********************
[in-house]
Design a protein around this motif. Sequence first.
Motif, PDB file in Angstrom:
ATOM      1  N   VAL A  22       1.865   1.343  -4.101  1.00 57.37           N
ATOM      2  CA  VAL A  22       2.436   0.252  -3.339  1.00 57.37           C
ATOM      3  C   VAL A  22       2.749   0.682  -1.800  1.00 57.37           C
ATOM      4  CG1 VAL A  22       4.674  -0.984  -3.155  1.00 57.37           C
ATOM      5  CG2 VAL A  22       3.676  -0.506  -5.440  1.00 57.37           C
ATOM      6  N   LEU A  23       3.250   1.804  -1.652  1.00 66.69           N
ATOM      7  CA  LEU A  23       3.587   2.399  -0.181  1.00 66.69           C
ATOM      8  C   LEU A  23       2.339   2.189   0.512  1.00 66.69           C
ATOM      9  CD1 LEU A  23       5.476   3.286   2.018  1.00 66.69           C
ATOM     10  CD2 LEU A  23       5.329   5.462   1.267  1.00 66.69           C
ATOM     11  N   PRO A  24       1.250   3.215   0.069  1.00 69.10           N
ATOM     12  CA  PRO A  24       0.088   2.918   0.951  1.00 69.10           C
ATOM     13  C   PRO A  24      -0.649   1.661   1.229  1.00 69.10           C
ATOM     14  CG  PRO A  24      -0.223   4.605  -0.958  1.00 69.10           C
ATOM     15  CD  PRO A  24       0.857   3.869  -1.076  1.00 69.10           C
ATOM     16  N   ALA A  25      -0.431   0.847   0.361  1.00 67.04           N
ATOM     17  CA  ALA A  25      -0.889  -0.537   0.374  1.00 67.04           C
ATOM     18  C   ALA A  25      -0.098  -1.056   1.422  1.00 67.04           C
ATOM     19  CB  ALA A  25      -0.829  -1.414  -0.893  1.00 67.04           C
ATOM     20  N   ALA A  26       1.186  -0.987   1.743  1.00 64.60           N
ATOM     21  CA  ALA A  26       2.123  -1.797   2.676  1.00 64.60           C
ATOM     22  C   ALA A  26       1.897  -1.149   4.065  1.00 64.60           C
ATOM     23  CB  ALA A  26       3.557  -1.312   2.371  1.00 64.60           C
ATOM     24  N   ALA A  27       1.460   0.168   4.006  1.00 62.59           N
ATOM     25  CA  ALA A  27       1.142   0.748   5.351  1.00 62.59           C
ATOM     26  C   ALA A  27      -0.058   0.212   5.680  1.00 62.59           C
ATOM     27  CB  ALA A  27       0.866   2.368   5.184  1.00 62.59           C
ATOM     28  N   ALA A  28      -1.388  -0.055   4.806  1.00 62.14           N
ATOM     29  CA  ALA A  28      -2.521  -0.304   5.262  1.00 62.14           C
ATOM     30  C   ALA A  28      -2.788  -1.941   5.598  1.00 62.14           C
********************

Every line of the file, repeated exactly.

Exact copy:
[in-house]
Design a protein around this motif. Sequence first.
Motif, PDB file in Angstrom:
ATOM      1  N   VAL A  22       1.865   1.343  -4.101  1.00 57.37           N
ATOM      2  CA  VAL A  22       2.436   0.252  -3.339  1.00 57.37           C
ATOM      3  C   VAL A  22       2.749   0.682  -1.800  1.00 57.37           C
ATOM      4  CG1 VAL A  22       4.674  -0.984  -3.155  1.00 57.37           C
ATOM      5  CG2 VAL A  22       3.676  -0.506  -5.440  1.00 57.37           C
ATOM      6  N   LEU A  23       3.250   1.804  -1.652  1.00 66.69           N
ATOM      7  CA  LEU A  23       3.587   2.399  -0.181  1.00 66.69           C
ATOM      8  C   LEU A  23       2.339   2.189   0.512  1.00 66.69           C
ATOM      9  CD1 LEU A  23       5.476   3.286   2.018  1.00 66.69           C
ATOM     10  CD2 LEU A  23       5.329   5.462   1.267  1.00 66.69           C
ATOM     11  N   PRO A  24       1.250   3.215   0.069  1.00 69.10           N
ATOM     12  CA  PRO A  24       0.088   2.918   0.951  1.00 69.10           C
ATOM     13  C   PRO A  24      -0.649   1.661   1.229  1.00 69.10           C
ATOM     14  CG  PRO A  24      -0.223   4.605  -0.958  1.00 69.10           C
ATOM     15  CD  PRO A  24       0.857   3.869  -1.076  1.00 69.10           C
ATOM     16  N   ALA A  25      -0.431   0.847   0.361  1.00 67.04           N
ATOM     17  CA  ALA A  25      -0.889  -0.537   0.374  1.00 67.04           C
ATOM     18  C   ALA A  25      -0.098  -1.056   1.422  1.00 67.04           C
ATOM     19  CB  ALA A  25      -0.829  -1.414  -0.893  1.00 67.04           C
ATOM     20  N   ALA A  26       1.186  -0.987   1.743  1.00 64.60           N
ATOM     21  CA  ALA A  26       2.123  -1.797   2.676  1.00 64.60           C
ATOM     22  C   ALA A  26       1.897  -1.149   4.065  1.00 64.60           C
ATOM     23  CB  ALA A  26       3.557  -1.312   2.371  1.00 64.60           C
ATOM     24  N   ALA A  27       1.460   0.168   4.006  1.00 62.59           N
ATOM     25  CA  ALA A  27       1.142   0.748   5.351  1.00 62.59           C
ATOM     26  C   ALA A  27      -0.058   0.212   5.680  1.00 62.59           C
ATOM     27  CB  ALA A  27       0.866   2.368   5.184  1.00 62.59           C
ATOM     28  N   ALA A  28      -1.388  -0.055   4.806  1.00 62.14           N
ATOM     29  CA  ALA A  28      -2.521  -0.304   5.262  1.00 62.14           C
ATOM     30  C   ALA A  28      -2.788  -1.941   5.598  1.00 62.14           C